Note: I am not a physician. I cannot back any of this up against a random controlled trial or even lab testing since I am unwilling to provide "formal" test results into a system that can and will be used to fuck me down the road. Thus, absent emergent need, I permit no such thing to occur, and there have been no emergent needs in my adult life.
As a result I do not know my serum Vitamin D level, for example. I do know, however, a number of metabolic things about my person that I can test on my own with available and inexpensive items I can purchase over the counter or online, such as blood glucose, A1c, blood pressure and several elements of kidney function (urine test strips are available OTC and provide quite a bit of information.)
Until and unless I can have actual hard, enforceable privacy, with felony criminal and heavy punitive financial damages for any breach, no matter why or how, along with iron-clad and lifetime statutory guarantees that such cannot be abused now or at any time during my remaining life, my position on this will not change. I am especially concerned, incidentally, with genetic-related information as that is a literal minefield for all of humanity; the potential on a forward basis to use that data in a discriminatory manner is unbounded and that we cannot typically do it today in most circumstances matters not because you can't change your genetic make up no matter what you do and thus once that data is in someone's hands it can be used to fuck you up the ass for the rest of your life. If you are one of the fools who used something like "23 and me" and you, or your offspring, get boned 20 years from now you deserve it -- I've repeatedly warned against this. By the way that company is in financial trouble if their stock price of roughly 70 cents means anything which in turn means all their data is going to end up in someone else's hands and you have no control over any of it if you previously let them have it. I warned people of this, and now it is going to happen so bend over and grab your ankles; someone, in the future, is almost-certain to screw you with that data if you gave them a sample.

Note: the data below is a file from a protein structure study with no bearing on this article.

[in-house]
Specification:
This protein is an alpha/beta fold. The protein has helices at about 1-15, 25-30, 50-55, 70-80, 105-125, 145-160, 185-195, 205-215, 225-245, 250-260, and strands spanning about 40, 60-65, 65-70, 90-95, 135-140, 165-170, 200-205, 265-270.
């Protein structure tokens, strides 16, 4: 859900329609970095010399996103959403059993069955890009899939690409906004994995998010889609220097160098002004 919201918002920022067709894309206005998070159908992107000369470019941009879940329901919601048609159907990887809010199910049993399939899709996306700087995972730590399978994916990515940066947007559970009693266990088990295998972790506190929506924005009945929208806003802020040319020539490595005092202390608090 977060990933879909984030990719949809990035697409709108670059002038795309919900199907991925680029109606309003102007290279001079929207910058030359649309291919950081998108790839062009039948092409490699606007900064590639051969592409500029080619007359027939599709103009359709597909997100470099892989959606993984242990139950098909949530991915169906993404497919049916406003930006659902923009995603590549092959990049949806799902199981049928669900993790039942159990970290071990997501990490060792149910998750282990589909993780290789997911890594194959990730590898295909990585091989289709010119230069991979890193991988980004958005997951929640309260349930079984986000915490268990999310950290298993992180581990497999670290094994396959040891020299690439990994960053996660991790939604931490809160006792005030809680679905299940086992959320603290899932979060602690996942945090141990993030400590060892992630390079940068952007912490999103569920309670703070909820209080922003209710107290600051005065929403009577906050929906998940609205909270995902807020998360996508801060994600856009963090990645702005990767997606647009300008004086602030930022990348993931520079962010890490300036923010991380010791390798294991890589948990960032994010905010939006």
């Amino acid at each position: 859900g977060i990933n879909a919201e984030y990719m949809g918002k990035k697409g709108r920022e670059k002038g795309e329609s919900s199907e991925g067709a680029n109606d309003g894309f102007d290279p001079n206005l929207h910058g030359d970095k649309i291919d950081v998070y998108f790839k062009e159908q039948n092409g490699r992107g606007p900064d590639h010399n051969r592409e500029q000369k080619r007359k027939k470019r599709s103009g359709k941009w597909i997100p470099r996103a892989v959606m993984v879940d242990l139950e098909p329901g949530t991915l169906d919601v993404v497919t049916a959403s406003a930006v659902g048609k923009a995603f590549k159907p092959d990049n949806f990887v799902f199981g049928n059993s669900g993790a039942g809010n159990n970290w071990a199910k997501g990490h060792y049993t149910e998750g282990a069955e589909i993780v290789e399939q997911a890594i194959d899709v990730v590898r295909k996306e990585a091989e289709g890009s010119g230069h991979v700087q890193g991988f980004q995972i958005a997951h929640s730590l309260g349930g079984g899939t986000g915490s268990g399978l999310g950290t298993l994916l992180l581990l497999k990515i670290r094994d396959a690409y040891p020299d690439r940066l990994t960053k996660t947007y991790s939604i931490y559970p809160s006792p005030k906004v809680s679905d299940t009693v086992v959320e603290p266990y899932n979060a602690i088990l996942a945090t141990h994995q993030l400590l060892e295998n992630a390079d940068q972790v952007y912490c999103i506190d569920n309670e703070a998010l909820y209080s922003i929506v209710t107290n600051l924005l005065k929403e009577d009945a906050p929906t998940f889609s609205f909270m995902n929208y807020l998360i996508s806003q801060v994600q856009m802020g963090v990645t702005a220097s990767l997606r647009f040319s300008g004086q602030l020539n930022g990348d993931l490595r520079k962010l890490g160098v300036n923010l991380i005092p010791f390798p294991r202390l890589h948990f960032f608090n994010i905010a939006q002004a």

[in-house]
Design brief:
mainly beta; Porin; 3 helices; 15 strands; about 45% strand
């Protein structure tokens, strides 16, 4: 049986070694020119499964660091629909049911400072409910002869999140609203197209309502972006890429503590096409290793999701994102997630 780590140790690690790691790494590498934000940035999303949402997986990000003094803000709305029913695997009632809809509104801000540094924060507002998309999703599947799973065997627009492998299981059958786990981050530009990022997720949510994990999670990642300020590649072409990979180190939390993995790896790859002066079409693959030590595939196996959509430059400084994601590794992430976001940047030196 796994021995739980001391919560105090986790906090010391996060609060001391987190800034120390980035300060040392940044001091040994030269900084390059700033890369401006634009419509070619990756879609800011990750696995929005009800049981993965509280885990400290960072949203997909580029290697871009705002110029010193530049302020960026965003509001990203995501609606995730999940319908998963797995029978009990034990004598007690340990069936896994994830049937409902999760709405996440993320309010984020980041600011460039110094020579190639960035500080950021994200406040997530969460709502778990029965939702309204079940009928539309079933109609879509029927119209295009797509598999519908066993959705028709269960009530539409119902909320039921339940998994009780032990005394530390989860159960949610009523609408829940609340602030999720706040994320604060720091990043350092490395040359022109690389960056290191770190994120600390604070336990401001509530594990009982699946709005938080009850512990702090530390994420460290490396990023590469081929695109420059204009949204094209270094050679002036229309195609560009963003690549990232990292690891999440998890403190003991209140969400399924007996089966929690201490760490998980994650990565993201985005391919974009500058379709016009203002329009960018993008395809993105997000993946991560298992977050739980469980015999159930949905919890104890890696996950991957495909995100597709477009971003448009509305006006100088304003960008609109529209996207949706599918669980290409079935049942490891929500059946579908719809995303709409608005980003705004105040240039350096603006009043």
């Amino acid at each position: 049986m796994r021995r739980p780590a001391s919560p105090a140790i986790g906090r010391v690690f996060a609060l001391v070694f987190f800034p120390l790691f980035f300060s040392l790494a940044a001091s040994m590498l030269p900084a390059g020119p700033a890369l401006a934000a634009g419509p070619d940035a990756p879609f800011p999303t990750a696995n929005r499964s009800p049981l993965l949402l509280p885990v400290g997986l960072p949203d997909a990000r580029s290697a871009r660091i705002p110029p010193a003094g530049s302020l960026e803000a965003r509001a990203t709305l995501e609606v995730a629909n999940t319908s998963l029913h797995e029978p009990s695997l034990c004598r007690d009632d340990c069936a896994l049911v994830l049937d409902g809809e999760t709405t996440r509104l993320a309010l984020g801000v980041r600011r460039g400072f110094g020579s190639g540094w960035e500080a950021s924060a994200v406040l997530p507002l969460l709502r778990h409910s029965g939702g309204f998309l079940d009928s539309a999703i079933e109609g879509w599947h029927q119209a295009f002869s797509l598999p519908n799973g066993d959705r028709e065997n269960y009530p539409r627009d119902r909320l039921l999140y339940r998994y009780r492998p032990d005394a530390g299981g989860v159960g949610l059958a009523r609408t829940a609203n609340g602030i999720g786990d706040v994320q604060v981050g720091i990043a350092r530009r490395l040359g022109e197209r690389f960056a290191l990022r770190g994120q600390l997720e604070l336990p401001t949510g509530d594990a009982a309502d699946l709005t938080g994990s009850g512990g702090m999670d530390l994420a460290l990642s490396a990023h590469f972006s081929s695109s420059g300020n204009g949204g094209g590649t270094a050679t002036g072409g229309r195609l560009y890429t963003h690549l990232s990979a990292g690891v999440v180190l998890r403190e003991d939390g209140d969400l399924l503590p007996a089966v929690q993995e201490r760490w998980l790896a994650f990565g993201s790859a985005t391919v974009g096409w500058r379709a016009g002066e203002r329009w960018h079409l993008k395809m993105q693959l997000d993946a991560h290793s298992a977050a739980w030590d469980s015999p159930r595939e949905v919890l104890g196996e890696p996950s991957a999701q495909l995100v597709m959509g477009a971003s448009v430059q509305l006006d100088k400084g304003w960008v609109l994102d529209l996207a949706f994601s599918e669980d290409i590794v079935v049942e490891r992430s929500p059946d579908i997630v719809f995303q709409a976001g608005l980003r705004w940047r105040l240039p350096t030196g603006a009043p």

YOU, AND ONLY YOU, are responsible for your own health. I sell nothing. I stand to gain nothing by sharing this information. It is by definition an N = 1 test on one person (me) with one observer of the results (me) and said observations are limited in time to no further along than the present. I could easily be wrong, but it is my ass, my choice and this is the set of choices I've made. If you do any or all of this and get fucked its on you; this is fair warning that it is not a recommendation or a "prescription." I've read a lot of medical papers and taken the time to understand them and interpret them, then test against instrumentation I bought with my own money and against my uniquely-DNA-encoded body, which is different than every other human body, to some degree, on the planet.
Faux Snooz is of course at it again with "surprisingly simple ways to keep yourself healthy" which omit the most important -- what you put in the pie hole and your immune system's status. I do agree that activity is a very good thing and being sedentary is bad. And yes, digestion is important. But note that of course they talk about "recommended vaccinations" which of course means flu and covid and if anything those are the opposite when it comes to immunity because they are a crutch. If you get measles there won't be any question as to whether you have a serious problem or not -- right?